The Last Flight of the Insect
Near the Geophysical Institute stands a large sculpture. It's stylized, but not as abstract as it may seem at first glance. Anax Imperator is the Latin name of the Emperor dragonfly. We recognize the insect in the shape of the sculpture, but it seems to have crash-landed during a flight.
The limbs are separate, detached from each other, and the head is pressed into the base of the sculpture. Broken wings are sticking out at atrocious angles. Anax Imperator has a morbid feel to it. Still, there is something beautiful in an insect, and a broken one to boot, being awarded such space and size in a sculpture.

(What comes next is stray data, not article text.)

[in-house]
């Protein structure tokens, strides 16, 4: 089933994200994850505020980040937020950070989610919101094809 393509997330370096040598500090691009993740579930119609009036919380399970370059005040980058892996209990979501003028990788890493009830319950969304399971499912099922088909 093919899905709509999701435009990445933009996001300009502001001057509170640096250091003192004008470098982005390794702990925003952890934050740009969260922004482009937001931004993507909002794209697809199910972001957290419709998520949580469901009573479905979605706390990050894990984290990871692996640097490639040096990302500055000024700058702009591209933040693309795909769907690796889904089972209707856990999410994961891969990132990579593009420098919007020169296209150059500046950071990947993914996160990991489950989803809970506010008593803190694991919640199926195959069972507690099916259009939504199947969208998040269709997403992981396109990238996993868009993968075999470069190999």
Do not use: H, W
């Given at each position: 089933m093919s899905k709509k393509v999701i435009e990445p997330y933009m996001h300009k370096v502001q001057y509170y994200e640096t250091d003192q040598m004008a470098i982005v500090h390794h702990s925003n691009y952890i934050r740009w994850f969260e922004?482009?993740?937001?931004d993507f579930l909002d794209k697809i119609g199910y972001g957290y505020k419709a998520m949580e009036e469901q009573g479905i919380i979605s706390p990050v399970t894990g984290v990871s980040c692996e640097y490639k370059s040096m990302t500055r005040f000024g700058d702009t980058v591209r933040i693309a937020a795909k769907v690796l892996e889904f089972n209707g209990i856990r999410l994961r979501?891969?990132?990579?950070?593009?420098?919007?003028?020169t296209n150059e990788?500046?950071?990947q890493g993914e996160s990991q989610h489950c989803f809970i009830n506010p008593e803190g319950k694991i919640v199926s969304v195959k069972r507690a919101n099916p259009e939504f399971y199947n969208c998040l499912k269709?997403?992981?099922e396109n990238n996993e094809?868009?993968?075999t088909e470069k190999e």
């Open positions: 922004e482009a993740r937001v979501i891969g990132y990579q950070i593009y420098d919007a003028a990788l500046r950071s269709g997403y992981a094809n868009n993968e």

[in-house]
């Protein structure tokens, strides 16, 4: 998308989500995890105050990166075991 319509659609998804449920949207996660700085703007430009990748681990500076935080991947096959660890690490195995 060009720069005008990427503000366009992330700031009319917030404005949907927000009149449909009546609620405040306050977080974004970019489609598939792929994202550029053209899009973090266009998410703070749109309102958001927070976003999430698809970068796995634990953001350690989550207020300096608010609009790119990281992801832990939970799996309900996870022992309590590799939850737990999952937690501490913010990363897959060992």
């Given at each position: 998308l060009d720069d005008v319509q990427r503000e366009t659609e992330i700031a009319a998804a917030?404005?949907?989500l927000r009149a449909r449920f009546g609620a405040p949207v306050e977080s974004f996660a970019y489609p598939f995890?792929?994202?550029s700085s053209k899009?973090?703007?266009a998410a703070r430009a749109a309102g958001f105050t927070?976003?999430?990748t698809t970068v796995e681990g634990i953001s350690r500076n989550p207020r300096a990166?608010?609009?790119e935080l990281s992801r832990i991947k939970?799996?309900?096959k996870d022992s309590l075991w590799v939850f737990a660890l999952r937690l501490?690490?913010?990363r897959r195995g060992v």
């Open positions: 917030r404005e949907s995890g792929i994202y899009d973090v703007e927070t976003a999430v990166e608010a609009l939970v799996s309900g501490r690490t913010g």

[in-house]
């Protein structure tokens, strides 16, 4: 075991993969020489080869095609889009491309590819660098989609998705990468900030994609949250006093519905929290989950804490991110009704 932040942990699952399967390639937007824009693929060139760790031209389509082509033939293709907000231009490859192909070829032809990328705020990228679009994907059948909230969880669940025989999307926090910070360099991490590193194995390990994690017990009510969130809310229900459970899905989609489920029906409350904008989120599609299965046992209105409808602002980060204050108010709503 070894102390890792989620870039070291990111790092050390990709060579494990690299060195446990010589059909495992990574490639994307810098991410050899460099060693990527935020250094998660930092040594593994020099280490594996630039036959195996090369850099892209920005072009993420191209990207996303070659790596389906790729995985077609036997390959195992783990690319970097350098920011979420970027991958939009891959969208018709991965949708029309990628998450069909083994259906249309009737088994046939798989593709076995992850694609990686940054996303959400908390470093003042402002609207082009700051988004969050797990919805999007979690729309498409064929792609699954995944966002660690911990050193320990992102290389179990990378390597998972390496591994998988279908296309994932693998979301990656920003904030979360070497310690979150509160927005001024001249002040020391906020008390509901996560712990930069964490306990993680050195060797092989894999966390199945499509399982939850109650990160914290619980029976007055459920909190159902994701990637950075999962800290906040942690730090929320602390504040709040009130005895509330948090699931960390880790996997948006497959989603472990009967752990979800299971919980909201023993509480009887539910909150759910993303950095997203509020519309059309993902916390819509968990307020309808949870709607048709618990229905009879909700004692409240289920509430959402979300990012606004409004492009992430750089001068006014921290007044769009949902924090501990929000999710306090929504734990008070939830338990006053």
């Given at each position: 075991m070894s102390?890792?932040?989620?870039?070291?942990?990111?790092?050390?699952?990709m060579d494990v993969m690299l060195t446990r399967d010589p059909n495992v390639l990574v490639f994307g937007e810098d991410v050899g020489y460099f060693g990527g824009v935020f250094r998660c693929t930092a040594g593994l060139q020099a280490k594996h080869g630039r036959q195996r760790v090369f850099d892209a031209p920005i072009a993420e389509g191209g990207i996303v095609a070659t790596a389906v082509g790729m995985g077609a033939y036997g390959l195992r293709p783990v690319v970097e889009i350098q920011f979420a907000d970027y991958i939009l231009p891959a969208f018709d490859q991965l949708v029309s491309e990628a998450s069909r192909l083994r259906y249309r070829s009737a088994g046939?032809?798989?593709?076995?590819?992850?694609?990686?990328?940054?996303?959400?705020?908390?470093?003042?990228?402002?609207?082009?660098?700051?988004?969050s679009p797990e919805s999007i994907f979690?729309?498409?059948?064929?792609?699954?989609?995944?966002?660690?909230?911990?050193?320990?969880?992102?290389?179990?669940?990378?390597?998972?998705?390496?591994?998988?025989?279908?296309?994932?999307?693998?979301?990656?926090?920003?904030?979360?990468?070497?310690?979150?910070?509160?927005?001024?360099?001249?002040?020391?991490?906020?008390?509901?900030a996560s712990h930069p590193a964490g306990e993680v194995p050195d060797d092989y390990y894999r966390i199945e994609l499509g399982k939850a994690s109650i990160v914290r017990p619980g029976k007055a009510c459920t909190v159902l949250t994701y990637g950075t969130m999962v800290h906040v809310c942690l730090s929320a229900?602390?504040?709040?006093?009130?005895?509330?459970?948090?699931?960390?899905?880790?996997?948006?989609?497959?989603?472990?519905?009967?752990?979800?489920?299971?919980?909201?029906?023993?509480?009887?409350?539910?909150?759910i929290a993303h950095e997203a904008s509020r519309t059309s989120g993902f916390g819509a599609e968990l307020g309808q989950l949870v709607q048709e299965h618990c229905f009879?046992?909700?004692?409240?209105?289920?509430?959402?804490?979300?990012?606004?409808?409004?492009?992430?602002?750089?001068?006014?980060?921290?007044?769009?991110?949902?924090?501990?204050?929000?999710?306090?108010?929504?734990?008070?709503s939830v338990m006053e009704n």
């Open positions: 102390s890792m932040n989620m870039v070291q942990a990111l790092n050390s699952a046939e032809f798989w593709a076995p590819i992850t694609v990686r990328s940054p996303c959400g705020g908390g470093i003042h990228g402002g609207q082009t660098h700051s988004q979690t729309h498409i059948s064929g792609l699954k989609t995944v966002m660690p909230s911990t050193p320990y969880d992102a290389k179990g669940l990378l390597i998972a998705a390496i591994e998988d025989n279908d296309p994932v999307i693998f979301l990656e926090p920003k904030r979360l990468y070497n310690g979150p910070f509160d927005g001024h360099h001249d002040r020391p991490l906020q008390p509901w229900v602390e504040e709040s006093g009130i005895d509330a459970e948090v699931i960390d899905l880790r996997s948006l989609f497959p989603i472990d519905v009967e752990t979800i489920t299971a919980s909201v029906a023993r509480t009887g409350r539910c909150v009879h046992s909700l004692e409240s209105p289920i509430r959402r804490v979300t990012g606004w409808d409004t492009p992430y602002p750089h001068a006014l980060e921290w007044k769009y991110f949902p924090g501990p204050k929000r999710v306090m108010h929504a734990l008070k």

Olav Orud (1942-) is an experienced sculptor. He was a pupil of Per Palle Storm at the National Art Academy, but soon developed a less classical style using modern materials. Orud works in many different materials, and the material itself interests him less than the movement and the space in and around the sculpture. In the 1980s Orud was a member of the GRAS artist group, and in later years he has shown a commitment to climate change awareness. In 2010 he won, over fifty other contestants, in the competition to get to make a new statue of King Olav V for the City Hall in Oslo.